• `K(x)`: whether person `x` is a kid
• `M(x)`: whether person `x` likes marshmallows

We will practice translating from English to predicate logic. Think about what the following sentences mean, and click to reveal each answer:

• No kids like marshmallows.

`¬(∃ x (K(x) ∧ M(x))`, or equivalently, `∀ x (K(x) → ¬M(x))`

• Not all kids like marshmallows.

`¬(∀ x (K(x) → M(x))`, or equivalently, `∃ x (K(x) ∧ ¬M(x))`

• Everyone who likes marshmallows is a kid.

`∀ x (M(x) → K(x))`

• Some people who like marshmallows are not kids.

`∃ x (M(x) ∧ ¬K(x))`

• Some kids don’t like marshmallows.

`∃ x (K(x) ∧ ¬M(x))`

• Anyone who doesn’t like marshmallows is not a kid.

`∀ x (¬M(x) → ¬K(x))`

## Evaluating predicate logic statements on a toy domain

Suppose we have the following toy domain of people with the following characteristics:

• Bob, age 10, lives in Kansas, has siblings, has brown hair
• Jane, age 25, lives in Delaware, has no siblings, has blonde hair
• Alice, age 66, lives in Kansas, has siblings, has gray hair
• Joe, age 50, lives in Nebraska, has siblings, has black hair

Now suppose that we have the following predicates for individuals in our domain:

• `Ad(x)`: whether person `x` is an adult (adults are age 18 and older)
• `KS(x)`: whether person `x` lives in Kansas
• `Sib(x)`: whether person `x` has siblings
• `Red(x)`: whether person `x` has red hair

We will practice evaluating predicate logic statements on our domain of people. Think about whether the following propositions would be true or false over our domain, and then click to reveal each answer:

• `∀ x Ad(x)`

• Click here for solution This proposition translates as, "All people are adults". This is false for our domain, as we have one person (Bob) who is not an adult.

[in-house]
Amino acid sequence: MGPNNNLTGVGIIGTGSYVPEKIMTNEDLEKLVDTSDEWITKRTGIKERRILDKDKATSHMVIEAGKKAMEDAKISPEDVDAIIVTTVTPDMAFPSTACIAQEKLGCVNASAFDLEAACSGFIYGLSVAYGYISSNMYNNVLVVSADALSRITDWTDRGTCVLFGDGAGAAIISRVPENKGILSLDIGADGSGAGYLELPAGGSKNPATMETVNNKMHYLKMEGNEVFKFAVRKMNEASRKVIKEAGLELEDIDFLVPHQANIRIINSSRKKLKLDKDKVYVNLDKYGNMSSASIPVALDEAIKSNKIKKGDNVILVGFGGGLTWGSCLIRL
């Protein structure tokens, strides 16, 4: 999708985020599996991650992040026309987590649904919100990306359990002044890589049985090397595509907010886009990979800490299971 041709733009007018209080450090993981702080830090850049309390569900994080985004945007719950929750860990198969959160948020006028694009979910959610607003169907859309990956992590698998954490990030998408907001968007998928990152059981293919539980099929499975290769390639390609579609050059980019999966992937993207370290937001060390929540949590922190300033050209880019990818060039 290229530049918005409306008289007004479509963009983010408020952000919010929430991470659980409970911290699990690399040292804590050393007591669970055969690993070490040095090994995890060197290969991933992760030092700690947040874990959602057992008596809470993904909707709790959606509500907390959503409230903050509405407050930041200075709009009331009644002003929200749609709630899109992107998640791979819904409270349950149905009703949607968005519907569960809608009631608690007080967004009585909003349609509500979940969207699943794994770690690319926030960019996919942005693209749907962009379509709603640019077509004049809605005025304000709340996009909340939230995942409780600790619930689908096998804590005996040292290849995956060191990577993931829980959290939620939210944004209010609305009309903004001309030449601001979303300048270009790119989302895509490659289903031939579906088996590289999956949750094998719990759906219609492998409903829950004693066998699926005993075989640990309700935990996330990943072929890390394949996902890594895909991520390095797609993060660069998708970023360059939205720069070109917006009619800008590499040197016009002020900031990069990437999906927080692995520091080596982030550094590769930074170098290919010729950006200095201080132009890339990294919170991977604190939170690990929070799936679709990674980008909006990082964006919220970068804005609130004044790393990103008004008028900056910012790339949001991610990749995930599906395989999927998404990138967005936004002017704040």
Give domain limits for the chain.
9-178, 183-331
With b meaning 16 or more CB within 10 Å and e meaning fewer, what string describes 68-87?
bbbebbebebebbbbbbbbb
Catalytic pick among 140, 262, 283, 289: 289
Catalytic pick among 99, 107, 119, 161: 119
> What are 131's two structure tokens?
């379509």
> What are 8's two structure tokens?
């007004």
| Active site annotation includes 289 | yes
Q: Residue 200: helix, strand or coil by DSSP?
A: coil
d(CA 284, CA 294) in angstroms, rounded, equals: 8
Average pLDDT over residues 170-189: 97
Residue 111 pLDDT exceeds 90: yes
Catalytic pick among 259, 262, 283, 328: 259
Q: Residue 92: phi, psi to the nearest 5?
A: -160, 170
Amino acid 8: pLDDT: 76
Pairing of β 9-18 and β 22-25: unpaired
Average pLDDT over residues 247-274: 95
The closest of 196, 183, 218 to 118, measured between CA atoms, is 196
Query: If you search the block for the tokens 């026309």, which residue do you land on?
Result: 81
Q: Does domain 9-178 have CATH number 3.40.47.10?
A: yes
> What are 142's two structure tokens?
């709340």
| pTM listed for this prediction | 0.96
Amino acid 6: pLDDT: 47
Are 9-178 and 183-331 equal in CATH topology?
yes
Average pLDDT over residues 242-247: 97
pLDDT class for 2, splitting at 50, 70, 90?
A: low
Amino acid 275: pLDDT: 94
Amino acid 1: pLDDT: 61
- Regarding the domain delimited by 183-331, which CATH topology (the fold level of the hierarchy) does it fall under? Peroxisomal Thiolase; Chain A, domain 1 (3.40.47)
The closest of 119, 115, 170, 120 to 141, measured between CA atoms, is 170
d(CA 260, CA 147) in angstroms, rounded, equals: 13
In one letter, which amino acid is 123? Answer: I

• `∀ x ¬Ad(x)`

• Click here for solution This proposition translates as, "All people are not adults". This is false for our domain, as we have three people (Jane, Alice, and Joe) are are adults.

• `¬(∀ x Ad(x))`

• Click here for solution This proposition translates as, "Not all people are adults". This is true for our domain, as we can find a person (Bob) who is not an adult.

• `∀ x (KS(x) → Sib(x))`

• Click here for solution This proposition translates as, "Everyone who lives in Kansas has siblings". This is true for our domain, as we have two people who live in Kansas (Bob and Alice), and both of them have siblings.

• `∃ x (¬KS(x) ∧ Sib(x))`

• Click here for solution This proposition translates as, "There is a person who doesn't live in Kansas and has siblings". This is true for our domain, as Joe lives in Nebraska and has siblings.

• `¬(∃ x (KS(x) ∧ ¬Ad(x))`

• Click here for solution This proposition translates as, "There does not exist a person who lives in Kansas and is not an adult". This is false for our domain, as Bob lives in Kansas and is not an adult.
• `¬(∃ x (Sib(x) ∧ Red(x))`

• Click here for solution This proposition translates as, "There does not exist a person with siblings who has red hair". This is true for our domain, as no one with siblings (Bob, Alice, or Joe) has red hair.
• `∀ x (Red(x) → Sib(x))`

• Click here for solution This proposition translates as, "All people with red hair have siblings". This is true for our domain, as no one has red hair. This means that the implies statement is vacuously true for every person (since `Red(x)` is false for each person), which makes the overall proposition true.
• `∀ x (KS(x) ∨ Sib(x))`

• Click here for solution This proposition translates as, "Everyone lives in Kansas and/or has siblings". This is false for our domain -- there is one person, Jane, who doesn't live in Kansas and also doesn't have siblings.